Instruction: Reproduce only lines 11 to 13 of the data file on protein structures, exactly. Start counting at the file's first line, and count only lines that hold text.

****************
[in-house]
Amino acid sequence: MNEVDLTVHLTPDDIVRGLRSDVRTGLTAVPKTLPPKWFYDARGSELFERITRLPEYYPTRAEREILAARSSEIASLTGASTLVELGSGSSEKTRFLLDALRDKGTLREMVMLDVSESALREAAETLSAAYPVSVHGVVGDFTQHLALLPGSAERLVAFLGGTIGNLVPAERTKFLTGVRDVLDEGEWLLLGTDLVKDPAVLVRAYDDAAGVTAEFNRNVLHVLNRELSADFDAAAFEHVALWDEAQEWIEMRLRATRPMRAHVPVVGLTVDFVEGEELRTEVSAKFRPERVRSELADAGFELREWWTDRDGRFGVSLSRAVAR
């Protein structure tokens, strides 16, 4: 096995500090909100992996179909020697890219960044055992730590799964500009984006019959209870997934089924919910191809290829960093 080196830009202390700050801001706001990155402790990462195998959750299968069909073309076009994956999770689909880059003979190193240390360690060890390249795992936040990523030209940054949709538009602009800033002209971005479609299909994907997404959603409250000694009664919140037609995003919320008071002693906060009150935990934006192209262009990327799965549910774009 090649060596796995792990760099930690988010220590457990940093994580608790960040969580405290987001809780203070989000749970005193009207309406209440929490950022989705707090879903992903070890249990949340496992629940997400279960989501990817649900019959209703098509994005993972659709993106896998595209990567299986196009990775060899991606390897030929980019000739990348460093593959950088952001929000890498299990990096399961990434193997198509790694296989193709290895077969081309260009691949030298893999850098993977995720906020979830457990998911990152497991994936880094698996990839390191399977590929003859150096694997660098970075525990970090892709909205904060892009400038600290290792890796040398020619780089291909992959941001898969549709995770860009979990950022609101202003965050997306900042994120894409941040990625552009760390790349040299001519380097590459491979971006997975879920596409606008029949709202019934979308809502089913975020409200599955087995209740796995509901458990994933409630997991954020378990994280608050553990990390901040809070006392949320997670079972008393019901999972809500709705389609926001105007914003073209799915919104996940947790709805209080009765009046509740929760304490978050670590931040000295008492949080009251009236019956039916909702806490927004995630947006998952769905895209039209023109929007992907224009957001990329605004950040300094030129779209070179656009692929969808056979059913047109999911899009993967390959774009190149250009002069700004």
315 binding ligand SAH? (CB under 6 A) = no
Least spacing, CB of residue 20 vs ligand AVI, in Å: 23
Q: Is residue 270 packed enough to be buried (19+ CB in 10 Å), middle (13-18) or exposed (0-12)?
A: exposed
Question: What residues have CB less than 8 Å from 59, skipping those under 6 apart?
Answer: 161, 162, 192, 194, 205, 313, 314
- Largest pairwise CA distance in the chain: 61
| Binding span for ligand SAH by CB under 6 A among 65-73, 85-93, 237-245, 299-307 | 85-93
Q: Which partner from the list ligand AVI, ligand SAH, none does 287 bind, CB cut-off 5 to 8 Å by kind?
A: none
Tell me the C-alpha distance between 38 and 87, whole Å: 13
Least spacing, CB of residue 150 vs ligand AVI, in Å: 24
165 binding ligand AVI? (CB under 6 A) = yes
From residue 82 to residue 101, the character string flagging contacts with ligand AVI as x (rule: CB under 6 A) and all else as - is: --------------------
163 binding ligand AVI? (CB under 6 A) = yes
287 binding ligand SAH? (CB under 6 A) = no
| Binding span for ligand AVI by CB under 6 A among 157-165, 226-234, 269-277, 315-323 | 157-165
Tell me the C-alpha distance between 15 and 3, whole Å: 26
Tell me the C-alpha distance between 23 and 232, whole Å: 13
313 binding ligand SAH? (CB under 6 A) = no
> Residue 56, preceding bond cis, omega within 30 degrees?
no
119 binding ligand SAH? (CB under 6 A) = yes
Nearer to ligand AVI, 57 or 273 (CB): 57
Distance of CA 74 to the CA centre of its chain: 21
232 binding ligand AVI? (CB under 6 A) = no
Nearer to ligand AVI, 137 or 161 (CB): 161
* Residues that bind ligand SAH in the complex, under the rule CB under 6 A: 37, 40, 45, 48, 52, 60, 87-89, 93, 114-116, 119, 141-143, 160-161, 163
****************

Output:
| Binding span for ligand SAH by CB under 6 A among 65-73, 85-93, 237-245, 299-307 | 85-93
Q: Which partner from the list ligand AVI, ligand SAH, none does 287 bind, CB cut-off 5 to 8 Å by kind?
A: none